It’s a confusing time in the world right now, with the global pandemic shutting down just about everything and forcing most of us to shelter in place, practice physical distancing, and worry for the health and well-being of our fellow humans. In the smart home market, many tech professionals who service home networks are at least able to continue serving clients in as a “federally declared essential business.” For others who prefer to shelter in place or who do over that type of service, the stress of the future can be pretty overwhelming.
Enter ABI Research, which is giving the industry something positive to consider for the future. According to the global tech market advisory firm, the recent emphasis on working from home combined with advice to minimize COVID-19 transmission from shared surfaces even within a home, will “help cement the benefits of smart home voice control for millions of consumers.” But voice control, as we already know, is just the trojan horse that leads to even more smart home device sales.
ABI Research noted in its latest white paper that last year, 141 million voice control smart home device shipped worldwide and, despite the key China market being impacted during the first quarter of 2020, the value of voice control during the pandemic will ensure that this year, voice control device shipments will grow globally by close to 30 percent over 2019.
“A smarter home can be a safer home,” stated Jonathan Collins, research director at ABI Research. Key among the recommendations regarding COVID-19 protection in the home is to clean and disinfect high-touch surfaces daily in household common areas (e.g., tables, hard-backed chairs, doorknobs, light switches, remotes, handles, desks, toilets, sinks). “Voice has already made significant inroads into the smart home space and voice control can mean avoiding commonly touched surfaces around the home from smartphones, to TV remotes, light switches, thermostats, door handles and more. Voice can also be leveraged for online shopping and information gathering.”
But it is in conjunction with other smart home devices that voice brings greater benefits. Voice can be leveraged to control and monitor smart locks to enable deliveries to be placed in the home or another secure location directly, or monitored securely on the doorstep until the resident can bring them in. Similarly, and smart doorbells/video cameras can also ensure deliveries are received securely without the need for face-to-face interaction or exposure. “Such delivery capabilities are especially valuable for those already in-home quarantine or for those receiving home testing kits,” Collins explained.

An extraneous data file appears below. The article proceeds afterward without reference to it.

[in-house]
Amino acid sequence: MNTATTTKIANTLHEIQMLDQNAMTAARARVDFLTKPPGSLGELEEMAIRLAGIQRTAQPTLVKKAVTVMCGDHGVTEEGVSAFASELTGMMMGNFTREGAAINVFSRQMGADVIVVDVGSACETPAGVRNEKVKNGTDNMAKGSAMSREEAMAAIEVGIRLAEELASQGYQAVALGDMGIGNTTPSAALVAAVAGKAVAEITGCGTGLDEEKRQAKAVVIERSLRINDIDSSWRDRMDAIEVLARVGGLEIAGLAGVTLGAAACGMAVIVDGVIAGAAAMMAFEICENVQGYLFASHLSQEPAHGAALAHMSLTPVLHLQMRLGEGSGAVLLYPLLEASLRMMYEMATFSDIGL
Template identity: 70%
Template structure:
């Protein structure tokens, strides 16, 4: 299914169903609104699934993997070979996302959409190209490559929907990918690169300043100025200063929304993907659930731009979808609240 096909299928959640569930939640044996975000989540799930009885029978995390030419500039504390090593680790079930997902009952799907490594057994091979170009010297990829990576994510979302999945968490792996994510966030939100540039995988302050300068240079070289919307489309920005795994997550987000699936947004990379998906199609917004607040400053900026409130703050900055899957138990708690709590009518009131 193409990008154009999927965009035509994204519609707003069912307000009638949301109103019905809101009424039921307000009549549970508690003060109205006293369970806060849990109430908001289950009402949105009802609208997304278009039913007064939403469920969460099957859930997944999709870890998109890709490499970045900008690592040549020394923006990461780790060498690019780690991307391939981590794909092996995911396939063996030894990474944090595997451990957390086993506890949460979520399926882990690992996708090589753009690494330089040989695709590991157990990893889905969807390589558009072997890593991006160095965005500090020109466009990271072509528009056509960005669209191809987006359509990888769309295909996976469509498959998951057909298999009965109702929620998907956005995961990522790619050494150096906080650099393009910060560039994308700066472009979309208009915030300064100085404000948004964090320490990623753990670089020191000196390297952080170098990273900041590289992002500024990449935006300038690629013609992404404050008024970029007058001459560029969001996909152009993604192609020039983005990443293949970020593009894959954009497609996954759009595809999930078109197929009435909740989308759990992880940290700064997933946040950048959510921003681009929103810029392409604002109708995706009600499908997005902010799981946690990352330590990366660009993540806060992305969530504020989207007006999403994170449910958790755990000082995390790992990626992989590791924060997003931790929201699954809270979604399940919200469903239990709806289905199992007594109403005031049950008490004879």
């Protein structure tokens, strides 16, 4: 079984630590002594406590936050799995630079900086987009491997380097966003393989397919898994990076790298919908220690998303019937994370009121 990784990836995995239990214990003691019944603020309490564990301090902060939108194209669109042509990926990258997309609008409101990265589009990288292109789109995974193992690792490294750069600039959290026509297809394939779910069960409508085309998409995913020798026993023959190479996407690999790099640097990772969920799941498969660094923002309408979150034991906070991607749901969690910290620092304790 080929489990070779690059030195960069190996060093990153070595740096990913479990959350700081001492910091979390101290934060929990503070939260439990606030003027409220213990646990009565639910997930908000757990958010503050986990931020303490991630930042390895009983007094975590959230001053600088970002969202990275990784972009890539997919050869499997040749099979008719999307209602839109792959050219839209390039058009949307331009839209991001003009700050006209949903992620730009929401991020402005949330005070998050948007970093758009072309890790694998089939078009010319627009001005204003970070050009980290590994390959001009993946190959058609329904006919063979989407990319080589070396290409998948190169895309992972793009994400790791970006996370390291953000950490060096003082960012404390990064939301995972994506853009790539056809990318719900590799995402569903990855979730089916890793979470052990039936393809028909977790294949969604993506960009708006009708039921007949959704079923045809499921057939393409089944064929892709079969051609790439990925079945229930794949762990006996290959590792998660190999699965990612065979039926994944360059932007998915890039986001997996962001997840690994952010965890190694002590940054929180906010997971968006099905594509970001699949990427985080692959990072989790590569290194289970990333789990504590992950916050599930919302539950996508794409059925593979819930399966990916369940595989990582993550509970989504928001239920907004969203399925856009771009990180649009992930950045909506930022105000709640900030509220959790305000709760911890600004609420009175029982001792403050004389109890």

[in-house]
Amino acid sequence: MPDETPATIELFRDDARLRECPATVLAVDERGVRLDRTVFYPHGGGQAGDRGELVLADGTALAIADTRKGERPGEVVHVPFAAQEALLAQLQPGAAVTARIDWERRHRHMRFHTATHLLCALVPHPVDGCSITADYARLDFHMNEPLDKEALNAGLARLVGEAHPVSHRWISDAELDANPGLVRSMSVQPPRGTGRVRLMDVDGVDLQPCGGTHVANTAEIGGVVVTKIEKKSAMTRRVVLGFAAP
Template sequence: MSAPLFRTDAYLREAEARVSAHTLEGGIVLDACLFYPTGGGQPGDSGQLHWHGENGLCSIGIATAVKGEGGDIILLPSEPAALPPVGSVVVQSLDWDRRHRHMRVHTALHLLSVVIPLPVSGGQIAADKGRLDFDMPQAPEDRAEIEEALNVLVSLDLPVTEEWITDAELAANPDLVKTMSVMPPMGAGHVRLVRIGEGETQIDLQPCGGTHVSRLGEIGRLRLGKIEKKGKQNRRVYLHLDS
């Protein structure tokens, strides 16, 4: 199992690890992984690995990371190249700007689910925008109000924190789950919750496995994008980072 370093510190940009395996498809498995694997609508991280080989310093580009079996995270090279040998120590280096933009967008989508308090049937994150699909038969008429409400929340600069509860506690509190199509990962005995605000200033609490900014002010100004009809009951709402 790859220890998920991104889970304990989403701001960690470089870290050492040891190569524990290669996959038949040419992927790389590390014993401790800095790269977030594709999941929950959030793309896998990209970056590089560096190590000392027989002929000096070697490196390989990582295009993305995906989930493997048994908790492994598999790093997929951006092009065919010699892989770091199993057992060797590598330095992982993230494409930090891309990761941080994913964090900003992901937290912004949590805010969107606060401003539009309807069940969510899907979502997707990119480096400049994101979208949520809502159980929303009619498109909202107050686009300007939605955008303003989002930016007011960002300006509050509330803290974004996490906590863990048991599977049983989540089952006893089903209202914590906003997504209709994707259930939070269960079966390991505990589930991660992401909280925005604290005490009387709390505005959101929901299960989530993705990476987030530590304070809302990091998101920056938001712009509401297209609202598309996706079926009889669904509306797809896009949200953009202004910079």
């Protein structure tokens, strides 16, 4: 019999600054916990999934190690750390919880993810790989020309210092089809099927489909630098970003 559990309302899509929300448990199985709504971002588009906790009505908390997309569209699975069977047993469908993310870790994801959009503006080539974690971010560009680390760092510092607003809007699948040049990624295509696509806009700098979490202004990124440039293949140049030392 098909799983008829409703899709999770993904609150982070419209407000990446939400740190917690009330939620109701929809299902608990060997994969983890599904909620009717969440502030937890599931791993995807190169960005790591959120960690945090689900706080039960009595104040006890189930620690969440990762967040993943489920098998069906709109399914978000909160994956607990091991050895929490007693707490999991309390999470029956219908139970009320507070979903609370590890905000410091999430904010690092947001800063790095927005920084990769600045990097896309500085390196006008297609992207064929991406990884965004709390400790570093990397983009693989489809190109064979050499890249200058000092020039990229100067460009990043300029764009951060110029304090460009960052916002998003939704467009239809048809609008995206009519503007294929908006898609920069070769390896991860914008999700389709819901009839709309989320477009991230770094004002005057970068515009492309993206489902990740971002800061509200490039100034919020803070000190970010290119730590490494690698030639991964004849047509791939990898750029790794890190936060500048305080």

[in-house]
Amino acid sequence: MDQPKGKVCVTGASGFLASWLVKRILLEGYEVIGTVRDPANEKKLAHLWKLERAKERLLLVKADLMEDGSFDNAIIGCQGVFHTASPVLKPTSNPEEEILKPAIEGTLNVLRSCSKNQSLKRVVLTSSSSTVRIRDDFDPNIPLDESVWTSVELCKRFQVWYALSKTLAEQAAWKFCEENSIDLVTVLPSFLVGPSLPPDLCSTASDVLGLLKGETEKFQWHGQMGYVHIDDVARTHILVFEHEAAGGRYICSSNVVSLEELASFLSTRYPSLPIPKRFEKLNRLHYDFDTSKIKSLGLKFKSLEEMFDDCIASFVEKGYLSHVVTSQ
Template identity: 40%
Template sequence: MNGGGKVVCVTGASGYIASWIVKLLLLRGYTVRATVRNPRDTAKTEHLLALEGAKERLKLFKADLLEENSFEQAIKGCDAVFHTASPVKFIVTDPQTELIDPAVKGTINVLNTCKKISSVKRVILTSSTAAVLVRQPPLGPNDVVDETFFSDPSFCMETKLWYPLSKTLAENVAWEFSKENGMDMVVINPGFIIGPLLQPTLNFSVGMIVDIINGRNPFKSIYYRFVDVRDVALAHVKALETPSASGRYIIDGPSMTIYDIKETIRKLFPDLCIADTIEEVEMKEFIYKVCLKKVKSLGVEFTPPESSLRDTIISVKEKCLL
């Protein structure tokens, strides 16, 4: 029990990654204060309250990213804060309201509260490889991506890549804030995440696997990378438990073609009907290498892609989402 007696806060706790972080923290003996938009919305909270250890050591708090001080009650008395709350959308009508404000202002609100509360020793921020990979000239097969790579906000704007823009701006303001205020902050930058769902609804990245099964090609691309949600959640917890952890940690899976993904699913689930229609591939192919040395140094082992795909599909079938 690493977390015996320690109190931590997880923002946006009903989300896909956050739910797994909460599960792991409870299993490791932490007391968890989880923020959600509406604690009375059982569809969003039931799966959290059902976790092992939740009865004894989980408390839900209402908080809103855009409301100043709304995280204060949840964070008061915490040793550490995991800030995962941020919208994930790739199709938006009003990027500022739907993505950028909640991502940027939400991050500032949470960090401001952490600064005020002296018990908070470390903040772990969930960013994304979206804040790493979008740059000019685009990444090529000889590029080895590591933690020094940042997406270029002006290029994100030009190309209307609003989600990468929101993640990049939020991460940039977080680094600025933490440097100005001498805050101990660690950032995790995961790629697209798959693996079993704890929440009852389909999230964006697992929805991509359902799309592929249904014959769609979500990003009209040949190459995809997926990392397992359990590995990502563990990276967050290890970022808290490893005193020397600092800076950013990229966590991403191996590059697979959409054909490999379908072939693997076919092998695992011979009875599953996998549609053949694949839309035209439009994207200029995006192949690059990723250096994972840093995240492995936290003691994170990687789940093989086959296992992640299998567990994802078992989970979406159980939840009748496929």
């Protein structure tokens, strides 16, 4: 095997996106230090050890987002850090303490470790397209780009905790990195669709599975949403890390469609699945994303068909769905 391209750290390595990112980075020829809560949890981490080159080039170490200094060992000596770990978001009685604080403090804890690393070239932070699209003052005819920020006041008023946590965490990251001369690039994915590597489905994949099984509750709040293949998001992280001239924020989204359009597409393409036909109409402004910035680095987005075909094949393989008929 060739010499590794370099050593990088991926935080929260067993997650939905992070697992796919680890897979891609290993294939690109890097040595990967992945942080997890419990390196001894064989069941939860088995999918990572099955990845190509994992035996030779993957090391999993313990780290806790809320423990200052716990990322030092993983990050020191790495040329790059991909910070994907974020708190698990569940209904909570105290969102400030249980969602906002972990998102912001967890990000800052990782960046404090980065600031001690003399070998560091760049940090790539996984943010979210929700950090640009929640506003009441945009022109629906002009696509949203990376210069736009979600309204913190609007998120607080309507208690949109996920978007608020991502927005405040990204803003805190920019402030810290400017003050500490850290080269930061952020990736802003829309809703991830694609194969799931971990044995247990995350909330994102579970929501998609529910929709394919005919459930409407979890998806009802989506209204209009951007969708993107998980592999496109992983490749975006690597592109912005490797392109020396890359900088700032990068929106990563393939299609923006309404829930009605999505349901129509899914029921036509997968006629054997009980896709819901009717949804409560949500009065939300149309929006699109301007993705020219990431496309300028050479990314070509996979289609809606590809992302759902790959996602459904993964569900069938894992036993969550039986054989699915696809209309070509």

“In the long term, voice control will continue be the Trojan horse of smart home adoption. COVID-19 is part of the additional motivation and incentive for voice control in the home that will help drive awareness and adoption for a range of additional smart home devices and applications,” Collins said. Greater emphasis and understanding, and above all, a change of habit and experience in moving away from physical actuation toward using voice in the home will support greater smart home expansion throughout individual homes. A greater emphasis on online shopping and delivery will also drive smart home device adoption to ensure those deliveries are securely delivered.
Precautions for COVID-19 will bring new routines into many millions of people’s daily lives in and around their homes, which ABI Research contends will serve as an opportunity for smart home vendors and system providers, such as custom integrators.
“Smart home vendors and system providers can certainly emphasize the role of voice and other smart home implementations to improve the day-to-day routines within a home and the ability to minimize contact with shared surfaces, as well as securing and automating home deliveries,” Collins said. “There is role for integrating smart home monitoring and remote health monitoring with a range of features, such as collecting personal health data points (temperature, activity, heart rate) alongside environmental data (air quality or occupancy) to help in the wider response and engagement for smart city health management.”